In an age where a great deal of the design the majority of us experience is circulated as images and articles via the web, our design culture has shifted to better accommodate these experiences. Objects become more graphic and less focused on use. Concept and context are able to take on a more central role than function. - If we never sit on a chair, does it matter that it would break or wobble when we did so? It may matter that we think it would do so, but if we believe it would support us comfortably, then that is how it exists to us until and unless we actually sit on it.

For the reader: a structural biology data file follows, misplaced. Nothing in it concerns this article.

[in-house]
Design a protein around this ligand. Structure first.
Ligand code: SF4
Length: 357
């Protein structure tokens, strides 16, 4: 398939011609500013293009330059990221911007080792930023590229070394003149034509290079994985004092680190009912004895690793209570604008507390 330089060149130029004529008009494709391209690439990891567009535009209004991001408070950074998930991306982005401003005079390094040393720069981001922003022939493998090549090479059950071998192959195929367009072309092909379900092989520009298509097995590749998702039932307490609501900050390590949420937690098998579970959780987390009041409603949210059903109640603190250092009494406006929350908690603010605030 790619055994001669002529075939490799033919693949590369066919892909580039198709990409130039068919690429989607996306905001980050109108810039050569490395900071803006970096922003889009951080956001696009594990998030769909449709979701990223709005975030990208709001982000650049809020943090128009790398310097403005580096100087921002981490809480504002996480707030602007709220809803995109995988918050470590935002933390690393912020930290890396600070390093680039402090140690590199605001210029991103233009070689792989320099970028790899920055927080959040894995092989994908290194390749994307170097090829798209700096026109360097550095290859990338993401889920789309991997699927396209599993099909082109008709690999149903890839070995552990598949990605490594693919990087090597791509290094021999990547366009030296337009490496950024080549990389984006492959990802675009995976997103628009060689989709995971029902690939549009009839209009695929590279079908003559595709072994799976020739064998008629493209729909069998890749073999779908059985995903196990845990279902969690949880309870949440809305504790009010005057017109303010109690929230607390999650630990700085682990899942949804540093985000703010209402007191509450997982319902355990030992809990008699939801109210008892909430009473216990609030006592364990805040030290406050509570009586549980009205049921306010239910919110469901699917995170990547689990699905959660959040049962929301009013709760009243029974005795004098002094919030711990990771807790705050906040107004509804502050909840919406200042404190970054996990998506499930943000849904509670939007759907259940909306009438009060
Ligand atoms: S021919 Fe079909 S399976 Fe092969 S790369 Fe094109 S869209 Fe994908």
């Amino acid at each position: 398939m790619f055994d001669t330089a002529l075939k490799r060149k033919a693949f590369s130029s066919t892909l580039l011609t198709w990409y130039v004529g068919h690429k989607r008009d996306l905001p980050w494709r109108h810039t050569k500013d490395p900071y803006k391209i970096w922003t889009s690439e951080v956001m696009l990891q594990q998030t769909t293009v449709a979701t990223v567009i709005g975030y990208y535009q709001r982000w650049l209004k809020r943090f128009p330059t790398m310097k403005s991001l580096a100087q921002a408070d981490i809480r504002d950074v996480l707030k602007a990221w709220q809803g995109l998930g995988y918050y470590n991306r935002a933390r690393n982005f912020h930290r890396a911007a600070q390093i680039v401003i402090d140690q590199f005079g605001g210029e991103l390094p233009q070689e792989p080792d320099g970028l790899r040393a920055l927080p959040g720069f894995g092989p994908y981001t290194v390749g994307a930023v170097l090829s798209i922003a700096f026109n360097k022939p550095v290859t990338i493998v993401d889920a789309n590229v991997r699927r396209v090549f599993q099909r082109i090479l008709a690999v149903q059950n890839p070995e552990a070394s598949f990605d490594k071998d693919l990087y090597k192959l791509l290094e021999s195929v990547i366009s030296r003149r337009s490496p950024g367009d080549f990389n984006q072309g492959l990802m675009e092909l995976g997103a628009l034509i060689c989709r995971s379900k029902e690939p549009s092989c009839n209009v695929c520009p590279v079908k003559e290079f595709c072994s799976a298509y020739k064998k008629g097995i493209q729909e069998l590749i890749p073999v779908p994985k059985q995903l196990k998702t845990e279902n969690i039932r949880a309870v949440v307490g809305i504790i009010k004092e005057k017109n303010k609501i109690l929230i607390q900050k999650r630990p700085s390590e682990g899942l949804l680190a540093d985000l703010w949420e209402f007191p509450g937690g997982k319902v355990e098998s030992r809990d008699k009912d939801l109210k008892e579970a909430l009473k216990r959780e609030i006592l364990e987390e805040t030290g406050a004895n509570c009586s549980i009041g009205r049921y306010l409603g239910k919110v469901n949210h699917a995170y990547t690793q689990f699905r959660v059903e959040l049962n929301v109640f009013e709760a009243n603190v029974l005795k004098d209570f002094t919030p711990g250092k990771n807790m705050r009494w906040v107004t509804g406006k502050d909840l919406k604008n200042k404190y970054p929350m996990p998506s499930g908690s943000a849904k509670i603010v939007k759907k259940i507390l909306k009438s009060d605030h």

In both of these examples, the art still exists at least partially in the appearance of the object, albeit not entirely. But is an aesthetic originality important when the aesthetics are only one component of the work? As part of the design team RO/LU, Olson himself worked on projects that involved searching the internet for images of work and recreating it from the image alone, adding a new context to an existing aesthetic. He describes this process as using art/design history as a form of material, it is less collage than re-creation. In one project, RO/LU spent hours looking at images on pinterest, never researching the objects or images they found but merely using the documentation of an object as the source for a new object, which they eventually created from the images they found most compelling. This process differs from the one described by Borges, because RO/LU, and Olson, as he states in his discussions of his work, feel that the objects have a life of their own. This re-creation therefore feels no obligation to be faithful to the original act, but rather uses the object to engender a new act of creation, and in turn this new act of creation returns a different finished object.